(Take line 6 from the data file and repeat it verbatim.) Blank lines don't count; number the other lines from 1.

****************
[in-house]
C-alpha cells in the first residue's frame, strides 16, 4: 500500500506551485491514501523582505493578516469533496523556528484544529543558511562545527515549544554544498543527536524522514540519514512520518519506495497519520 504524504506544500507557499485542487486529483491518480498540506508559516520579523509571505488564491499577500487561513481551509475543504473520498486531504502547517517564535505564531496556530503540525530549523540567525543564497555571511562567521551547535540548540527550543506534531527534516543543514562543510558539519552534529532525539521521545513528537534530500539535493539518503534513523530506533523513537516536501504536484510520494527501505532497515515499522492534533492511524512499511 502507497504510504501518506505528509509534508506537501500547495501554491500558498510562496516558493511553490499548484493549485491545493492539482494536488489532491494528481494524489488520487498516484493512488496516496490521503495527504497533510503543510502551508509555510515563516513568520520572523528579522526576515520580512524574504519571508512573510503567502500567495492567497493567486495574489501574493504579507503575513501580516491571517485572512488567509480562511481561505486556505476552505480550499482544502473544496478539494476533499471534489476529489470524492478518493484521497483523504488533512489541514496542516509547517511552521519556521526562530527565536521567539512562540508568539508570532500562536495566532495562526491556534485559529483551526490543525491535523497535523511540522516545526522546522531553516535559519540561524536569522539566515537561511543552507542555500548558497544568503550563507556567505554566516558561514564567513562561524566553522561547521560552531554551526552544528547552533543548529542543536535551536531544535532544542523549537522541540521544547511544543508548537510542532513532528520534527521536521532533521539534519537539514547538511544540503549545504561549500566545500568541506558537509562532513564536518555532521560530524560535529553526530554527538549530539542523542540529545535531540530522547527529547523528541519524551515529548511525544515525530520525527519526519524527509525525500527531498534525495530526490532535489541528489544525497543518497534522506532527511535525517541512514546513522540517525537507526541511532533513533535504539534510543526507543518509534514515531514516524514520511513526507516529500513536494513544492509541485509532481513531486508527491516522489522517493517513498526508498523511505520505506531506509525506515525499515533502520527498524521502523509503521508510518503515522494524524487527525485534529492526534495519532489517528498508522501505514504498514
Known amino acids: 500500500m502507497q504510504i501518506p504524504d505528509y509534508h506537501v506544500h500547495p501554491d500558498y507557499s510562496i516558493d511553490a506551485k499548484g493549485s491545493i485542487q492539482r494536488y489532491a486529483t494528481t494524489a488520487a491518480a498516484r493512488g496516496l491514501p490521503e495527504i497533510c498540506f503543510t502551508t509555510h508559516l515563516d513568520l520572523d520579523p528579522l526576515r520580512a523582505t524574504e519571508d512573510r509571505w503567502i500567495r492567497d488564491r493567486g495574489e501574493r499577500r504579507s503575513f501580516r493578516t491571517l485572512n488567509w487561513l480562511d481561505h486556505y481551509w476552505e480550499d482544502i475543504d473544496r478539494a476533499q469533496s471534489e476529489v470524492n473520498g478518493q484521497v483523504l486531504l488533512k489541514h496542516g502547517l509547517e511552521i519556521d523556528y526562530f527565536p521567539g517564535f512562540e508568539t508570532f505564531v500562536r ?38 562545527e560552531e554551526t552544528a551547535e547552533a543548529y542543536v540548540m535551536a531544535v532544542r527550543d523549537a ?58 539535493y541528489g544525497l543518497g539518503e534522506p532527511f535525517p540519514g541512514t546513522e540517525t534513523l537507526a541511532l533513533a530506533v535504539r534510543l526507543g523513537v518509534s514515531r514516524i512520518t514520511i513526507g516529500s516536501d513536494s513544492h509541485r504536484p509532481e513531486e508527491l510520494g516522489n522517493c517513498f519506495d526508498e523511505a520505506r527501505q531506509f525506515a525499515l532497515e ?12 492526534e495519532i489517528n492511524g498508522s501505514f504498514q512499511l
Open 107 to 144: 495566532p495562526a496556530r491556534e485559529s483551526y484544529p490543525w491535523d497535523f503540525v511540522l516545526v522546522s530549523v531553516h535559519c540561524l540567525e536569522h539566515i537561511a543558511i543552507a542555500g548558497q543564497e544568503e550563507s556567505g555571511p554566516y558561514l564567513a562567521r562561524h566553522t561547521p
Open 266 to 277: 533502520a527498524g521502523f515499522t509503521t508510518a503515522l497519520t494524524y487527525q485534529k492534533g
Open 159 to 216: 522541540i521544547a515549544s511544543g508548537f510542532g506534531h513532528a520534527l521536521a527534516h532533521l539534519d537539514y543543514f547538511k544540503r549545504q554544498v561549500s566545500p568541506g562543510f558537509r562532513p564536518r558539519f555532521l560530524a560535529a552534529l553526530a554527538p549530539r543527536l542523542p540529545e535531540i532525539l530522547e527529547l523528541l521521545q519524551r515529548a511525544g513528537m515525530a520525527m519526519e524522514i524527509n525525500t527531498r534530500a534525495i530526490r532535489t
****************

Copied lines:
Open 159 to 216: 522541540i521544547a515549544s511544543g508548537f510542532g506534531h513532528a520534527l521536521a527534516h532533521l539534519d537539514y543543514f547538511k544540503r549545504q554544498v561549500s566545500p568541506g562543510f558537509r562532513p564536518r558539519f555532521l560530524a560535529a552534529l553526530a554527538p549530539r543527536l542523542p540529545e535531540i532525539l530522547e527529547l523528541l521521545q519524551r515529548a511525544g513528537m515525530a520525527m519526519e524522514i524527509n525525500t527531498r534530500a534525495i530526490r532535489t